- U.S. consumer confidence fell to a seven-month low in September as a relentless rise in Covid-19 cases deepened concerns about the economy's near-term prospects.
- The Conference Board said its consumer confidence index dropped to a reading of 109.3 this month from 115.2 in August, the third straight monthly decline.
U.S. consumer confidence fell to a seven-month low in September as a relentless rise in COVID-19 cases deepened concerns about the economy's near-term prospects, fitting in with expectations for a slowdown in growth in the third quarter.
The survey from the Conference Board on Tuesday showed consumers less interested in buying a home and big-ticket items such as motor vehicles and major household appliances over the next six months. Consumers were also not as upbeat in their views of the labor market as in the prior month.
Economic activity has cooled in recent months as the boost from pandemic relief money faded and infections flared up, driven by the highly contagious variant of the coronavirus.
"But given that wave seems to be cresting, there's hope confidence just hit its nadir," said Robert Frick, corporate economist at Navy Federal Credit Union in Vienna, Virginia. "Assuming predictions of Delta dropping hold true, this setback may be a three-month trough during the recovery rally."
The Conference Board said its consumer confidence index dropped to a reading of 109.3 this month from 115.2 in August. The third straight monthly decline pushed the index to the lowest level since February.
The measure, which places more emphasis on the labor market, has dropped 19.6 points from a peak of 128.9 in June. Economists polled by Reuters had forecast the index nudging up to 114.5.
"These back-to-back declines suggest consumers have grown more cautious and are likely to curtail spending going forward," said Lynn Franco, senior director of economic indicators at the Conference Board in Washington.
Consumers' inflation expectations over the next 12 months slipped to 6.5% from 6.7% last month. The Federal Reserve last week projected its key inflation measure at 3.7% this year. That was up from the 3.0% median the U.S. central bank projected back in June. The U.S. central bank has a flexible 2% inflation target.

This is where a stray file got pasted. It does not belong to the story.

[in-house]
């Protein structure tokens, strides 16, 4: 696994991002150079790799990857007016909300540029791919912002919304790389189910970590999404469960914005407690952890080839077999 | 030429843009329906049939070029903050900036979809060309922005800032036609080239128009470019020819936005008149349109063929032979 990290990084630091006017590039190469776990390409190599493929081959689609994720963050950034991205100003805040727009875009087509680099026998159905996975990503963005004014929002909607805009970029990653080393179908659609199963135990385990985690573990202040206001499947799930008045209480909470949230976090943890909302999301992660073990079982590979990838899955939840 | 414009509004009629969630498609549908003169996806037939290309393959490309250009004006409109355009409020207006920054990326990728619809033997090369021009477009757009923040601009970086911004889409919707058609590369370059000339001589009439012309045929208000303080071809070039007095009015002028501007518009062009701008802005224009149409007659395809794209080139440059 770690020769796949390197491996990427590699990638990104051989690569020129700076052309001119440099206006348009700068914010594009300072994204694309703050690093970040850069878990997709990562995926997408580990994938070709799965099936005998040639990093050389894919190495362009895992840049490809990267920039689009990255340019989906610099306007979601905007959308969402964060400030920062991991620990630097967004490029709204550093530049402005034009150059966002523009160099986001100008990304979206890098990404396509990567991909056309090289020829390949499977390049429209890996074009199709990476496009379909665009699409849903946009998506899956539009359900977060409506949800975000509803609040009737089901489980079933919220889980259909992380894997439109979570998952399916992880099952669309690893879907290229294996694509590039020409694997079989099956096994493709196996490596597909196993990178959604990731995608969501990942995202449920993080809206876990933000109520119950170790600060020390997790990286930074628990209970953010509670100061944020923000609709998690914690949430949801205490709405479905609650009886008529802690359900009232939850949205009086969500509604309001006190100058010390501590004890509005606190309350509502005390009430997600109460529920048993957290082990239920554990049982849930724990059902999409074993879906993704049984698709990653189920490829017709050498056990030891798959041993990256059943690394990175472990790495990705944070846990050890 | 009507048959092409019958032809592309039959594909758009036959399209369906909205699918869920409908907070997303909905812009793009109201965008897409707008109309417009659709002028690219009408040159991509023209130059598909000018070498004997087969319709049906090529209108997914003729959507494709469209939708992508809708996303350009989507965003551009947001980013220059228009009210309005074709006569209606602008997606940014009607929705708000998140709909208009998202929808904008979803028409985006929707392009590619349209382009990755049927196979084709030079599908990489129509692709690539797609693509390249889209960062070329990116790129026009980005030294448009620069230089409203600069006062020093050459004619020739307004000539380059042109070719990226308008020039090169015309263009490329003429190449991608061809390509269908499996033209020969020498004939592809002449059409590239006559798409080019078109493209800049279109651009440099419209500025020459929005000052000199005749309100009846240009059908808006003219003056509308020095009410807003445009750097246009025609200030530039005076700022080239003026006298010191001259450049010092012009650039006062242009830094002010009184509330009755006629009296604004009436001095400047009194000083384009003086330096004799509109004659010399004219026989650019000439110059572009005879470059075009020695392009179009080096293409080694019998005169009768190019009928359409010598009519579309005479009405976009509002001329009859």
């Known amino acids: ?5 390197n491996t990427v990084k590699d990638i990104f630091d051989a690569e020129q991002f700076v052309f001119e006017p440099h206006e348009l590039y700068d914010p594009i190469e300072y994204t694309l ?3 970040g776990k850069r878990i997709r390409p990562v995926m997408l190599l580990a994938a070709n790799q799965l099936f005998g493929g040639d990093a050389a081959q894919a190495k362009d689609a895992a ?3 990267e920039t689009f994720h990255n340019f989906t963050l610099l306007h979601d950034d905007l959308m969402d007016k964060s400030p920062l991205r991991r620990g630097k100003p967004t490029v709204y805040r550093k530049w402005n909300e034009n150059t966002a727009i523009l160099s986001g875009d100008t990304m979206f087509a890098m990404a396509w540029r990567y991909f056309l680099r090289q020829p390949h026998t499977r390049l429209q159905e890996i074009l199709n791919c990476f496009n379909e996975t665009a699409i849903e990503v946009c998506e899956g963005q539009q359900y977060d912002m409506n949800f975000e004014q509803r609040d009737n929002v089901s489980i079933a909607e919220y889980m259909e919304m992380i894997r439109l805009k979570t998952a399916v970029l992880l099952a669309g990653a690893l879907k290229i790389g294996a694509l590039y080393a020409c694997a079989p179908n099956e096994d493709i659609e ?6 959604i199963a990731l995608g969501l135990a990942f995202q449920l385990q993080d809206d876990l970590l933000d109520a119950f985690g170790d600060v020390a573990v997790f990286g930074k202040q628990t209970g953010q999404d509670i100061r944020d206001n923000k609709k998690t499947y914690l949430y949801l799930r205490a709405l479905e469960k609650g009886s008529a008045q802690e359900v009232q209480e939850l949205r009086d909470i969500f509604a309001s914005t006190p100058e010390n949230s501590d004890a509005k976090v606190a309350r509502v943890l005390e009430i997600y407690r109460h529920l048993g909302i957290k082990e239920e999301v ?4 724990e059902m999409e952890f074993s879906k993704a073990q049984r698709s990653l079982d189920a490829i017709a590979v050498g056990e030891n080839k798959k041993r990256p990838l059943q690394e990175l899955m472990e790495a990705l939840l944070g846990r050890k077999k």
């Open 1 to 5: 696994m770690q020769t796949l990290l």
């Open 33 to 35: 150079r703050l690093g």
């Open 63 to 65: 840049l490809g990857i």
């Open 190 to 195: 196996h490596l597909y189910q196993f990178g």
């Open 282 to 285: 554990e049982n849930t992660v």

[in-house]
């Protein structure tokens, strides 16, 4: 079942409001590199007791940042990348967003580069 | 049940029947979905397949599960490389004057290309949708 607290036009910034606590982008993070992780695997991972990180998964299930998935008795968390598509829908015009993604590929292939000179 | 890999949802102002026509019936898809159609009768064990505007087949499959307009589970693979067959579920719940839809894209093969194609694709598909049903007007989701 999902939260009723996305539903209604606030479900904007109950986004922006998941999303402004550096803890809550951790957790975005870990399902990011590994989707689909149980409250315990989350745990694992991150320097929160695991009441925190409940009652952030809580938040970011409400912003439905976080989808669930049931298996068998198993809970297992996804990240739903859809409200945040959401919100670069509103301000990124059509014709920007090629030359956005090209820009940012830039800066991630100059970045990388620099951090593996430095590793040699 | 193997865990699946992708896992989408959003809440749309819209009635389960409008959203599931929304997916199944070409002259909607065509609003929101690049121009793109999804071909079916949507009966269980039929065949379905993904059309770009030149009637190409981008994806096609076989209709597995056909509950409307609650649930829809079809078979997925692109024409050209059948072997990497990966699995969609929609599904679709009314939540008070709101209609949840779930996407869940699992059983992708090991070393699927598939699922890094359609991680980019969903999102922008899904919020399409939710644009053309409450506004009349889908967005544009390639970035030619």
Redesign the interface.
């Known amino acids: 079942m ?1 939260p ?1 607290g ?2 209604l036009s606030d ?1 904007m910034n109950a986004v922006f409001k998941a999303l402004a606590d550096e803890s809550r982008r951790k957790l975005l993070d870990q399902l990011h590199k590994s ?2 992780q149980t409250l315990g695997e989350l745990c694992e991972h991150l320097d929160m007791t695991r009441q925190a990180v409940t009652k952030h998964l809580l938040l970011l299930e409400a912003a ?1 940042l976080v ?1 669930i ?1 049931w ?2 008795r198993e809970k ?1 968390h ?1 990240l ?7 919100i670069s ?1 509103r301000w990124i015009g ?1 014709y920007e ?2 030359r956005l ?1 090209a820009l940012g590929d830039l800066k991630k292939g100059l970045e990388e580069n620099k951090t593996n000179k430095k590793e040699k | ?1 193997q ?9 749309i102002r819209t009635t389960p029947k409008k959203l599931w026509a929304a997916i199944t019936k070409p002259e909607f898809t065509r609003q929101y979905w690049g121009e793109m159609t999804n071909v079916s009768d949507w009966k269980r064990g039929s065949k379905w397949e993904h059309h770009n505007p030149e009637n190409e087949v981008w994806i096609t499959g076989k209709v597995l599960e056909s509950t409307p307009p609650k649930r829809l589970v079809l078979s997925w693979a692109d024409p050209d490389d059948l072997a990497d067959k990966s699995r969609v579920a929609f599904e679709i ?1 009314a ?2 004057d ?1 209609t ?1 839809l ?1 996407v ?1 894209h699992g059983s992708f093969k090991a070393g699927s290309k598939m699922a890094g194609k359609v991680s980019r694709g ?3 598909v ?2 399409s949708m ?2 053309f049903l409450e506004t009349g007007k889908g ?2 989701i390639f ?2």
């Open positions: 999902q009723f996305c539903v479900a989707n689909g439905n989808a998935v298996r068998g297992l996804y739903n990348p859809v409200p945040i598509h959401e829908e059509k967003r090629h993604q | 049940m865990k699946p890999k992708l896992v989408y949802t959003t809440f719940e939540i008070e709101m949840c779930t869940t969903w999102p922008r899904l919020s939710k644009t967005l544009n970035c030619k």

The Conference Board's so-called labor market differential, derived from data on respondents' views on whether jobs are plentiful or hard to get, fell to a reading of 42.5 this month from 44.4 in August.
This measure closely correlates to the unemployment rate in the Labor Department's closely watched employment report. September's employment report is due to be released next Friday.
Stocks on Wall Street were trading lower. The dollar rose against a basket of currencies. U.S. Treasury prices fell.
House prices surge
Fewer households intended to buy long-lasting manufactured goods such as motor vehicles and household appliances like washing machines and clothes dryers this month. That supports expectations for a sharp slowdown in consumer spending this quarter, which will ultimately restrain economic growth.
Gross domestic product growth estimates for the third quarter are mostly below a 5% annualized rate. The economy grew at a 6.6% pace in the second quarter.
Expectations for slower GDP growth were reinforced by a separate report from the Commerce Department on Tuesday showing the goods trade deficit rose 0.9% to $87.6 billion in August as businesses imported more products to replenish inventories. Trade has subtracted from GDP growth for four straight quarters.
Imports of goods climbed 0.8% to $236.6 billion, lifted by consumer goods and industrial supplies. But imports of food, capital goods and motor vehicles fell. Motor vehicle imports were likely weighed down by a global shortage of semiconductors, which is impacting production.
Rising imports offset a 0.7% gain in goods exports to $149.0 billion, supported by industrial supplies and consumer goods. But the nation reported a decline in exports of capital goods, motor vehicles and food products. Exports are increasing as global economies continue to recover from the pandemic.
Some of the increase in imports ended up in warehouses at wholesalers and retailers. Wholesale inventories accelerated 1.2% last month after gaining 0.6% in July. Stocks at retailers edged up 0.1% after increasing 0.4% in July. Retail inventories were held back by a 1.5% tumble in stocks of motor vehicles. The drop, which followed a 0.2% gain in July, reflected shortages related to the scarcity of microchips.
Retail inventories excluding autos, which go into the calculation of GDP, rose 0.6% after advancing 0.5% in the prior month. Business inventories were sharply drawn down in the first half of the year. Last month's increase should soften the hit to GDP growth from the widening goods trade deficit.
News on the housing market was discouraging, with the Conference Board survey showing less enthusiasm among consumers for home purchases over the next six months amid higher house prices, which are pushing homeownership out of the reach of many.
A third report on Tuesday showed the S&P CoreLogic Case-Shiller national home price index surged a record 19.7% in July from a year ago after accelerating 18.7% in June.
Sustained house price inflation was corroborated by a fourth report from the Federal Housing Finance Agency (FHFA) showing house prices soared a record 19.2% in the 12 months through July. That followed an 18.9% jump in June.